Resource name: /E-Library/Disciples/Jugal Kishore Mukherjee/English/Sri Aurobindo The Smiling Master/The Publisher^s Note.htm
-02_The Publisher^s Note.htm Publishers' Note Since the passing of Sri Aurobindo in 1950 many research publications have seen the light of day dealing with various aspects of Sri Aurobindo's life-work and teachings. But to our knowledge no book has so far been published exclusively devoted to the study of Sri Aurobindo's humorous writings. The present book hopes to break new ground in this particular field. Apropos of Nirodbaran's Twelve Years with Sri Aurobindo the Mother had once remarked: "Thanks to Nirod, we have a revelation of an altogether unknown side of what Sri Aurobindo was. It is extremely interesting and very instructive." It is the fond and humble hope of the writer of the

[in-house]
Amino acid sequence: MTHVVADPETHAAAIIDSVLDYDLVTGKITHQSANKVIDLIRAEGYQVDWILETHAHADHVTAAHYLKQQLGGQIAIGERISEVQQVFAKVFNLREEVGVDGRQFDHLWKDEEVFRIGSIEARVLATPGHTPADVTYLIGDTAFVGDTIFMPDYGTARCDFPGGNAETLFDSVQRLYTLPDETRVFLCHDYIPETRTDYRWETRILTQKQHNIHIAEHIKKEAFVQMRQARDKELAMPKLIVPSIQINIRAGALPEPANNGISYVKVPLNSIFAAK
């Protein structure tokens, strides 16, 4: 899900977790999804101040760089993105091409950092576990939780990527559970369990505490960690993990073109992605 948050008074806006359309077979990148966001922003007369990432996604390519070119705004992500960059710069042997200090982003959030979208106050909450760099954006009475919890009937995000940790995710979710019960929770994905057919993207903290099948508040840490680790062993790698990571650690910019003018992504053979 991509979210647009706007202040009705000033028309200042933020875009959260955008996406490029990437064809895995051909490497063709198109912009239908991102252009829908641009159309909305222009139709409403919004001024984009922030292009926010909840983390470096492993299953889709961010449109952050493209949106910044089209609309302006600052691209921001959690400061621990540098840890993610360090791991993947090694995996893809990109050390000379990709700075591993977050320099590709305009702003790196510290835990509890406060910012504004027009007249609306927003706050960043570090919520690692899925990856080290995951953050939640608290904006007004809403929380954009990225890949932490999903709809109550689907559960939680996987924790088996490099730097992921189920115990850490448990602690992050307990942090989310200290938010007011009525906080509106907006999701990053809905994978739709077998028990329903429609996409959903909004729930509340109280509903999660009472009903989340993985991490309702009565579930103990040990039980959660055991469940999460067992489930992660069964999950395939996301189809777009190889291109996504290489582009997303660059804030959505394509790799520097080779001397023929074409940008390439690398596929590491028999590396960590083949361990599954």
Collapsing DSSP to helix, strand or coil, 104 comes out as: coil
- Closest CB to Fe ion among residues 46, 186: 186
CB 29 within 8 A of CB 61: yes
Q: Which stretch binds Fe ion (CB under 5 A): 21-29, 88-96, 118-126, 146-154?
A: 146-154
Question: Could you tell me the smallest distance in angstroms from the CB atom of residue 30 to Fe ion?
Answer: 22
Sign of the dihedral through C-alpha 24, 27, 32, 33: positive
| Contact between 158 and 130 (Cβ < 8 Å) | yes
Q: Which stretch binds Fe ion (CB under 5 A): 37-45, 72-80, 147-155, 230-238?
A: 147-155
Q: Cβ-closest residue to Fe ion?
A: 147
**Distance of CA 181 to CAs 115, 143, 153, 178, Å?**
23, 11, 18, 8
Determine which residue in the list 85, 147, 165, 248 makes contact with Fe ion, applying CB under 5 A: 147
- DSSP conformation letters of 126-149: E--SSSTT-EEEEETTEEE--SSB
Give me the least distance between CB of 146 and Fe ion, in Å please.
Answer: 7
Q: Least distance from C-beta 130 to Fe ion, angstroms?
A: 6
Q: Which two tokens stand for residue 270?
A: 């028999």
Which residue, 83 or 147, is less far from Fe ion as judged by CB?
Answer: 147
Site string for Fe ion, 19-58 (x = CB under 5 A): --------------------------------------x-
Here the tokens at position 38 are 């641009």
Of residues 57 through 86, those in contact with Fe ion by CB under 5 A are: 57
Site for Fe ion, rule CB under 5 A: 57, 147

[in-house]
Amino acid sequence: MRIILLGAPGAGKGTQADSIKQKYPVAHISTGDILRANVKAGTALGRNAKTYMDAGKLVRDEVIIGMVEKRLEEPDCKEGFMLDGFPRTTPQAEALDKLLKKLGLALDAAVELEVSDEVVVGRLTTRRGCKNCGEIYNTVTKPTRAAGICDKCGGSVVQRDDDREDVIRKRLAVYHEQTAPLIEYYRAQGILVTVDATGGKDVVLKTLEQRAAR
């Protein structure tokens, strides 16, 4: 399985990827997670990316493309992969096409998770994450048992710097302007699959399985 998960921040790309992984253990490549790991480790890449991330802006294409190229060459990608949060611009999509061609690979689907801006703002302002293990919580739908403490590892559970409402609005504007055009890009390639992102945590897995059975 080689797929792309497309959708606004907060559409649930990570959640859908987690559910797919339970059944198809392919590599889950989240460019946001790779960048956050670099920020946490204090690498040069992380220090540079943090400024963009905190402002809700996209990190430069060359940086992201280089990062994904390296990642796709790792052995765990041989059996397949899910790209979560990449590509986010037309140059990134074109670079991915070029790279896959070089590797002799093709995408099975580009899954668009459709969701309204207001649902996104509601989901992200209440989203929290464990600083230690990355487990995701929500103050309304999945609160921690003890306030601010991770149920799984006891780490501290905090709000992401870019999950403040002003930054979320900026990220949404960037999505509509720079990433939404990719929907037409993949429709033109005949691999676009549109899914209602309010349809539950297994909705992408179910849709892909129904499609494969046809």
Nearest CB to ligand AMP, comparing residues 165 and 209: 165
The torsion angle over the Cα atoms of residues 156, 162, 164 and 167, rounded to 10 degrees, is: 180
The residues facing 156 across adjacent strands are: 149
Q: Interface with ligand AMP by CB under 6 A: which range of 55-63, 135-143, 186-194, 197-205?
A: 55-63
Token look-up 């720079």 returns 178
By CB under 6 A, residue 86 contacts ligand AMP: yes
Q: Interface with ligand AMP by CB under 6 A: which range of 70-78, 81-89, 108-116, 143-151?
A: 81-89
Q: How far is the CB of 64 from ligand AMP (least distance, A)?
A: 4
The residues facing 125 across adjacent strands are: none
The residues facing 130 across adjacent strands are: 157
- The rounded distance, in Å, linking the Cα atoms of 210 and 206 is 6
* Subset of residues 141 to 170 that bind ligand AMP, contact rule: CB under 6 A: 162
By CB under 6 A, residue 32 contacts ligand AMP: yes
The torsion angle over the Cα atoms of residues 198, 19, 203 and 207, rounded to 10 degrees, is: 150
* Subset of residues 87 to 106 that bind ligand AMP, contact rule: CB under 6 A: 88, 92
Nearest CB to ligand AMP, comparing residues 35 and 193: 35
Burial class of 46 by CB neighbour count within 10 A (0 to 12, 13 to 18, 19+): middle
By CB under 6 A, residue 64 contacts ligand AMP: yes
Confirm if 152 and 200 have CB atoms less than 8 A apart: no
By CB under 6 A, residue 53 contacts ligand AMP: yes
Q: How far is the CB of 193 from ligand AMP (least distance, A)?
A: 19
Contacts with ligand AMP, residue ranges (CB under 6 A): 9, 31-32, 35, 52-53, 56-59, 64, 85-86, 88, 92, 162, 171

Resource name: /E-Library/Disciples/Jugal Kishore Mukherjee/English/Sri Aurobindo The Smiling Master/The Smiling Master.htm
Chapter 17 The Smiling Master At last we have come to the end of our book which has principally dealt with Sri Aurobindo's humour. We may now delightfully take leave of the Smiling Master. It has by now been made manifestly clear that Sri Aurobindo comes to us not only as the Day-bringer who floods us with his Light and Wisdom, not merely as the unparalleled Guide on the arduous and austere path of the Integral Yoga, but also as an intimate loving Companion who not only enlightens us but cheers our weary care-laden heart all the way. His is the infinite human kindliness spiced with a rich flavour of delectable humour, which brings an enlivening smile to our l
Resource name: /E-Library/Disciples/Jugal Kishore Mukherjee/English/Sri Aurobindo The Smiling Master/On the Disciples^ Humour.htm